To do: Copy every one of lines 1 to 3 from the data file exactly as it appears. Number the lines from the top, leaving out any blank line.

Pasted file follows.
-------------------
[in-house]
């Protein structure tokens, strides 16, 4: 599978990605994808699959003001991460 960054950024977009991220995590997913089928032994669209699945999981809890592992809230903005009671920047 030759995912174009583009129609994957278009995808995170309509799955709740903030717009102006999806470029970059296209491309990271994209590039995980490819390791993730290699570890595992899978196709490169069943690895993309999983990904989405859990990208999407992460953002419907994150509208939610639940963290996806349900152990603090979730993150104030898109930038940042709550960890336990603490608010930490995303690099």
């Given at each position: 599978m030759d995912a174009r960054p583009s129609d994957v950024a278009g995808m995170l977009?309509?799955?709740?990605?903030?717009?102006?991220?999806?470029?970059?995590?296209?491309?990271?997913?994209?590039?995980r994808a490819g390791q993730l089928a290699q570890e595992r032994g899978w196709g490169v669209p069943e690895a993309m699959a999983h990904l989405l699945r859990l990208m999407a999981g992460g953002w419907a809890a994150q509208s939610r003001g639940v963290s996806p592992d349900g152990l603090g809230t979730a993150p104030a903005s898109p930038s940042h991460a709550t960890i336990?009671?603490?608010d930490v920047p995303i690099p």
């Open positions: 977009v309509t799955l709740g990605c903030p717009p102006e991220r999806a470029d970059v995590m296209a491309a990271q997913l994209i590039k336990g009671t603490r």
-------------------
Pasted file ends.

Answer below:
[in-house]
């Protein structure tokens, strides 16, 4: 599978990605994808699959003001991460 960054950024977009991220995590997913089928032994669209699945999981809890592992809230903005009671920047 030759995912174009583009129609994957278009995808995170309509799955709740903030717009102006999806470029970059296209491309990271994209590039995980490819390791993730290699570890595992899978196709490169069943690895993309999983990904989405859990990208999407992460953002419907994150509208939610639940963290996806349900152990603090979730993150104030898109930038940042709550960890336990603490608010930490995303690099």
């Given at each position: 599978m030759d995912a174009r960054p583009s129609d994957v950024a278009g995808m995170l977009?309509?799955?709740?990605?903030?717009?102006?991220?999806?470029?970059?995590?296209?491309?990271?997913?994209?590039?995980r994808a490819g390791q993730l089928a290699q570890e595992r032994g899978w196709g490169v669209p069943e690895a993309m699959a999983h990904l989405l699945r859990l990208m999407a999981g992460g953002w419907a809890a994150q509208s939610r003001g639940v963290s996806p592992d349900g152990l603090g809230t979730a993150p104030a903005s898109p930038s940042h991460a709550t960890i336990?009671?603490?608010d930490v920047p995303i690099p």